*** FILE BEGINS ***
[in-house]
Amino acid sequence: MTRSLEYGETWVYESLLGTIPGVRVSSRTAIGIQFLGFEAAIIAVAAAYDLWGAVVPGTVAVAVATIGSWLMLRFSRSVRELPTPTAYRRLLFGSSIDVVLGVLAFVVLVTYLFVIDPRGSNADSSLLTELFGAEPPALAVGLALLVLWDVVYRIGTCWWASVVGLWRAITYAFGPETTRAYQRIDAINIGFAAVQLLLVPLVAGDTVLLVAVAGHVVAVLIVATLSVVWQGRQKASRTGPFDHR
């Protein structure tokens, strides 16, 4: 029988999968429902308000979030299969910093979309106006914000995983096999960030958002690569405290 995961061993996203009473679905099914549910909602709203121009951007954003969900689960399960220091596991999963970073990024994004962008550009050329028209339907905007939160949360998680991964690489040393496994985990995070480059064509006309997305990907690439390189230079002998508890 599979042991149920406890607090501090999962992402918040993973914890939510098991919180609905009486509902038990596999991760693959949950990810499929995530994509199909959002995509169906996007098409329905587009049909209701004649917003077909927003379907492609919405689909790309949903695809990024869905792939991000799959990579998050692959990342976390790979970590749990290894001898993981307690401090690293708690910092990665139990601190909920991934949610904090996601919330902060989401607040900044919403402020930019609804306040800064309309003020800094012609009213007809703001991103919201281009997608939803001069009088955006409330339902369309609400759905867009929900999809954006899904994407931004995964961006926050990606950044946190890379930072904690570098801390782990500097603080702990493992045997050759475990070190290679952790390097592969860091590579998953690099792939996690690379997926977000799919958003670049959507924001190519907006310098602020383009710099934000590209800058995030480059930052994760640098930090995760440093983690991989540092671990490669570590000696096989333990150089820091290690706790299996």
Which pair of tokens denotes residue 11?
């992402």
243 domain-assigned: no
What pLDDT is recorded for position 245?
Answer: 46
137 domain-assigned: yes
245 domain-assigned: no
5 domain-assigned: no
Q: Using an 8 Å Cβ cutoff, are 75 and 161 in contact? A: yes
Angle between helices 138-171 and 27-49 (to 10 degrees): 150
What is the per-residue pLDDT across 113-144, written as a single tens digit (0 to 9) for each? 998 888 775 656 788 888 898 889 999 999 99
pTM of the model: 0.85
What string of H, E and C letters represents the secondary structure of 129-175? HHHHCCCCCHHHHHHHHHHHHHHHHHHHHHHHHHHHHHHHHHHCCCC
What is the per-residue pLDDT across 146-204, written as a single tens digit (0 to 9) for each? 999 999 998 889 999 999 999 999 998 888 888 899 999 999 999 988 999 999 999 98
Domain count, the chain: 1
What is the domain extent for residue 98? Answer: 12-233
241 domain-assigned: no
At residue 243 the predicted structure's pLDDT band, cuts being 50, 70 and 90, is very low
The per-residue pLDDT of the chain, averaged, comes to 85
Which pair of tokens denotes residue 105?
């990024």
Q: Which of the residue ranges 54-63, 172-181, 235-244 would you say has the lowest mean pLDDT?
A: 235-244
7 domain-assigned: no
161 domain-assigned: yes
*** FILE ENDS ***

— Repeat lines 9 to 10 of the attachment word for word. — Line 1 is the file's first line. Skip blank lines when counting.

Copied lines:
137 domain-assigned: yes
245 domain-assigned: no